Adequacy of Australia’s biosecurity measures and response preparedness, in particular with respect to foot-and-mouth disease and varroa mite
In this inquiry report, the Committee recommends that the Australian Department of Agriculture, Fisheries and Forestry review its food import risk frameworks to ensure that they are fit for purpose and that decisions under the frameworks are accelerated where required.
Molecular Analysis of Vanilla Mosaic Virus From the Cook Islands
Vanilla was first introduced to French Polynesia in 1848 and from 1899-1966 was a major export for French Polynesia who then produced an average of 158 tonnes of cured Vanilla tahitensis beans annually. In 1967, vanilla production declined rapidly to a low of 0.6 tonnes...
Pulse disease guide
The Victorian Pulse Disease Guide provides information on disease management and the disease resistant ratings for pulse crops.
Temperate pulse viruses: beet western yellows virus (BWYV)
Beet western yellows virus (BWYV) has an extremely wide host range and is distributed worldwide. Hosts include temperate pulses (chickpea, faba bean, lentil, field pea and vetch), pasture legumes (clover, medics and lucerne), canola and many perennial weeds. BWYV is transmitted persistently by a large...
Seed health testing in pulse crops
Many important diseases of pulses can be seed-borne. Pulse growers can minimize losses from these diseases by using high quality seed. Seed testing is required to establish whether seed is infected. Seed health tests are currently available to detect the most important seed-borne pathogens of...
Stripe rust of wheat
There have been two introductions of wheat stripe rust into Australia. These introductions may have entered Australia on clothing. The first introduction occurred in Victoria in 1979, and stripe rust rapidly spread across eastern Australia. This original rust mutated, and a number of pathotypes (also...
Septoria tritici blotch of wheat
Septoria tritici blotch (STB) is an important stubble borne foliar disease of wheat in Victoria, Australia. This disease has increased in importance in the high rainfall cropping regions during the last five years, even though it has been well controlled in Victoria for the last...
Scald of barley
Scald is a common foliar disease in Victorian barley crops as the majority of current varieties are susceptible. Scald severity varies greatly from crop to crop depending on variety resistance, paddock history and local climate. Scald is more likely to be a problem when a...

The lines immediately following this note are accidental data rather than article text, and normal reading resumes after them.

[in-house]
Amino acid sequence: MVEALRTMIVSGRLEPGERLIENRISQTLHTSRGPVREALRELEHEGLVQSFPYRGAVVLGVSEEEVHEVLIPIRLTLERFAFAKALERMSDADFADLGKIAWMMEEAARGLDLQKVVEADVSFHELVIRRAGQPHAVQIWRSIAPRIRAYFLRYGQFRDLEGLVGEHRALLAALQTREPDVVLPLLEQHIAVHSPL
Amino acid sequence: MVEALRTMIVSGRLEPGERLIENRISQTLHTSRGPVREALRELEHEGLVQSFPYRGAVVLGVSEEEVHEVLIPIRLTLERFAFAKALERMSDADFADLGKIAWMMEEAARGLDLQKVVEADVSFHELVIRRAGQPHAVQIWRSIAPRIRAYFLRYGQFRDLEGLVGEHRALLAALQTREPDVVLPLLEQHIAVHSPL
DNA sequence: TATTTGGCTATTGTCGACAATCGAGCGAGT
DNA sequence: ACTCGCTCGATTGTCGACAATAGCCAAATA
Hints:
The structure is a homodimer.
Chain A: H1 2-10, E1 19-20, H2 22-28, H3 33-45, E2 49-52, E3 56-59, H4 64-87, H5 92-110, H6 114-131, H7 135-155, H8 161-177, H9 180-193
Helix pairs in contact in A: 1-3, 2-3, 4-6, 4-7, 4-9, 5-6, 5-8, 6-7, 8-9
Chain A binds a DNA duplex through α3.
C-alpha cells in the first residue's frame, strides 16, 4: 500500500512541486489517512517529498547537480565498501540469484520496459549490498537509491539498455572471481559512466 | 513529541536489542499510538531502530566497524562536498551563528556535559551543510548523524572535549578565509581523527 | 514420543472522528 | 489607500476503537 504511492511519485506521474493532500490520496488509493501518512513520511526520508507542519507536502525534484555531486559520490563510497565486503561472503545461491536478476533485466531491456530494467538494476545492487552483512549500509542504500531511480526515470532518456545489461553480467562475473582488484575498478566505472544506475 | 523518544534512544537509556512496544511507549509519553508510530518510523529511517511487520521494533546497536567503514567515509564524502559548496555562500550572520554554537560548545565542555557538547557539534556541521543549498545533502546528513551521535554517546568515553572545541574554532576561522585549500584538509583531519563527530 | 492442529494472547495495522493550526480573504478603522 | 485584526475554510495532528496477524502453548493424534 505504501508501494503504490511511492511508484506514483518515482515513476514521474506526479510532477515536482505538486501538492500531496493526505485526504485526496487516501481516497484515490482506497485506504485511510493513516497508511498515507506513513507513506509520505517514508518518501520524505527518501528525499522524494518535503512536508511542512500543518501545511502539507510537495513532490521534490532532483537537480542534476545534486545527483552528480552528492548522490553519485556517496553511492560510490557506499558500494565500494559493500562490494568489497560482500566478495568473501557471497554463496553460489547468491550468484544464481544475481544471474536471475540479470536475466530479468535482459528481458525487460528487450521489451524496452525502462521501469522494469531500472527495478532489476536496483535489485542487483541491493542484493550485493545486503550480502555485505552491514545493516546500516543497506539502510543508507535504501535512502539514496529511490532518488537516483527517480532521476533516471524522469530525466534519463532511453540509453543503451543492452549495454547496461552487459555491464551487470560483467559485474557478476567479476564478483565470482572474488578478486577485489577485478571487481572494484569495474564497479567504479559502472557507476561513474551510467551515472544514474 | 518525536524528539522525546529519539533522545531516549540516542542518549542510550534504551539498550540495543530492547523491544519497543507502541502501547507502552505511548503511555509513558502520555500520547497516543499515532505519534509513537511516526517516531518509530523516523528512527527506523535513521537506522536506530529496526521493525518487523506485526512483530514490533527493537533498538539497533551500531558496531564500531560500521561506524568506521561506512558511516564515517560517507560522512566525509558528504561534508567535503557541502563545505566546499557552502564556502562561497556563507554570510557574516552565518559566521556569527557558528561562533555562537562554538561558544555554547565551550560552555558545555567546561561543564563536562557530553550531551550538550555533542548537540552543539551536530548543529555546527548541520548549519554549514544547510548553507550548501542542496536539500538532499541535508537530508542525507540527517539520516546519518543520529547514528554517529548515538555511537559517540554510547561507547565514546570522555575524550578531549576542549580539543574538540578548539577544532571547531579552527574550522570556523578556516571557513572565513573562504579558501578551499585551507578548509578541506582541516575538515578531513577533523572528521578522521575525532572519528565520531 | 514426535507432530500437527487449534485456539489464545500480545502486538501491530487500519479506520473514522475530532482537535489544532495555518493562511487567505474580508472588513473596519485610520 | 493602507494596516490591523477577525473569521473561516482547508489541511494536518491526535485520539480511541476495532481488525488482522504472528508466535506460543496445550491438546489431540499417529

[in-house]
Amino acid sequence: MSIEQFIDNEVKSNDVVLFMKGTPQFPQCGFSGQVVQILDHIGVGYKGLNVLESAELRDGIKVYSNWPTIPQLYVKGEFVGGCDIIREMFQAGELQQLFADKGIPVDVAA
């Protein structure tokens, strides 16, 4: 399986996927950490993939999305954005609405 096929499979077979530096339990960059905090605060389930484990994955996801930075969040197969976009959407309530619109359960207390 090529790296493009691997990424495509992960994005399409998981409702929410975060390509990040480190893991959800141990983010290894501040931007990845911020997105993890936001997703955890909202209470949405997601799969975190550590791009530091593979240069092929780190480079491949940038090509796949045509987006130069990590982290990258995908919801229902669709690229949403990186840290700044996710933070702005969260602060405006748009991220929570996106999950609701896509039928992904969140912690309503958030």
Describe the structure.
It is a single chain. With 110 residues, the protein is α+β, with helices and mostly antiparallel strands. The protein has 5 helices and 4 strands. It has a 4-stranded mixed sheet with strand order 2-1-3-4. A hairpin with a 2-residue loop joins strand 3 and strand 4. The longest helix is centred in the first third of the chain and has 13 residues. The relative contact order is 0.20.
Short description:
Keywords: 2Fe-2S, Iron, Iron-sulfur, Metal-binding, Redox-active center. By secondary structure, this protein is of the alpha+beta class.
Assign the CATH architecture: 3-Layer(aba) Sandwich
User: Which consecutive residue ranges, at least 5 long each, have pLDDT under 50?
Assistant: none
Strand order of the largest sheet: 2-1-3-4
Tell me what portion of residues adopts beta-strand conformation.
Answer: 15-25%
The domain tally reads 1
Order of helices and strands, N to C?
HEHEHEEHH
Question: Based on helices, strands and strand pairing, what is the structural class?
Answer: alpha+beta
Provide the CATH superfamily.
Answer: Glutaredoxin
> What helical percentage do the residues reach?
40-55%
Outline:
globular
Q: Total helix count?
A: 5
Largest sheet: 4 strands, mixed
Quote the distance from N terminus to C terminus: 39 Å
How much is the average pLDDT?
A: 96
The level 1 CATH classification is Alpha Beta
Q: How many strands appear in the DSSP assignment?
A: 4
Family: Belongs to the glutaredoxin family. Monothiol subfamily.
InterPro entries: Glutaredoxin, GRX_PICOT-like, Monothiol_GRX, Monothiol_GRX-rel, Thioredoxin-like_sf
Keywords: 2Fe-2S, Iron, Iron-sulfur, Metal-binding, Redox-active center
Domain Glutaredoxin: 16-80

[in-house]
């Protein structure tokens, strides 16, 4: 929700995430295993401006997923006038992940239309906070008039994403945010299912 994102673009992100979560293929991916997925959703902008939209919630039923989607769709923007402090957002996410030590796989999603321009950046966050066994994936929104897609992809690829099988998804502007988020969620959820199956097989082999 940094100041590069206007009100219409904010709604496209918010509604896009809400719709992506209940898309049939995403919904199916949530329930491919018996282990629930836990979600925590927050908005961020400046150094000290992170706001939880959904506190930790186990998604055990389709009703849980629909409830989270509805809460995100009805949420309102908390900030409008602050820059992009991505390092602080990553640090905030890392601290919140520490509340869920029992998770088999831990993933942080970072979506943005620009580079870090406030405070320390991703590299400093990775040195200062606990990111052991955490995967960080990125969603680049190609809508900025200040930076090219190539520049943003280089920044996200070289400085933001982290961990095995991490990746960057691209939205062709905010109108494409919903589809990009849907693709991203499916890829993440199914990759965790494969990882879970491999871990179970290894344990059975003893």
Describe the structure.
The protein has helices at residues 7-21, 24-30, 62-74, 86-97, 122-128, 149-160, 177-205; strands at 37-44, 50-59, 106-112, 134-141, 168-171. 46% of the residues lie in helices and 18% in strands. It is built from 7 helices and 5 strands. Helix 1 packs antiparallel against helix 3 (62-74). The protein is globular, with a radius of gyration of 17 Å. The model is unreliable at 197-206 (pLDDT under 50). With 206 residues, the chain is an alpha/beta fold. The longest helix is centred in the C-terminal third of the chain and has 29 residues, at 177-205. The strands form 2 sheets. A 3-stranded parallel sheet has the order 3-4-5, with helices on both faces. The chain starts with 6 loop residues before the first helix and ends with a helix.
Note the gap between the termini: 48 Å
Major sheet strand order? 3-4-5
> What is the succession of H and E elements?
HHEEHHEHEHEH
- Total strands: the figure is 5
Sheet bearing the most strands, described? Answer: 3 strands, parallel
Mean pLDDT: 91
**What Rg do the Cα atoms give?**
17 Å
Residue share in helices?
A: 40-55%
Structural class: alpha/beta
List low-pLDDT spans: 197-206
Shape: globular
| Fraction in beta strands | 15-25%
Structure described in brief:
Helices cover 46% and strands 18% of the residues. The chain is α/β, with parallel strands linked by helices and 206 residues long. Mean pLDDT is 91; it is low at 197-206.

Stem rust of wheat
Stem rust is an occasional, but devastating disease of wheat. Epidemics occur when there is a carry over of stem rust from the previous season, susceptible varieties of wheat are grown, and warm humid conditions in the spring encourage disease development.
Cereal disease guide
Variety selection and robust disease management plans are critical to minimising the impact of diseases in cereal crops. The Victorian Cereal Disease Guide provides the latest information on disease management and the disease resistant ratings for cereal crops.
Armillaria root rot
Armillaria root rot, also known as the honey toadstool or bootlace fungus, is a widespread and often destructive disease that can affect an extremely wide range of plants. Overseas, the disease is reported to be caused by Armillaria mellea. In Australia, however, a related indigenous...
Endophyte in perennial grasses: effect on host plants and livestock
Endophytes are fungi that live within healthy plant tissue, relying on it for protection, nutrition and dispersal. Usually they do not cause any disease symptoms but can be detected by examining plant sections with a microscope or by laboratory tests.
Target spot (early blight) of potatoes
Target spot, or early blight is one of the most common diseases attacking leaves and stems of potatoes. It usually spreads during autumn and is welcomed by some growers as a haulm killer. It can, however, cause losses if outbreaks occur early in the season...
Virus diseases of chrysanthemums
Over 16 virus and virus-like diseases have been reported to infect chrysanthemums. Fortunately not all of these occur in Australia. Four of these are considered to be economically important in Australia.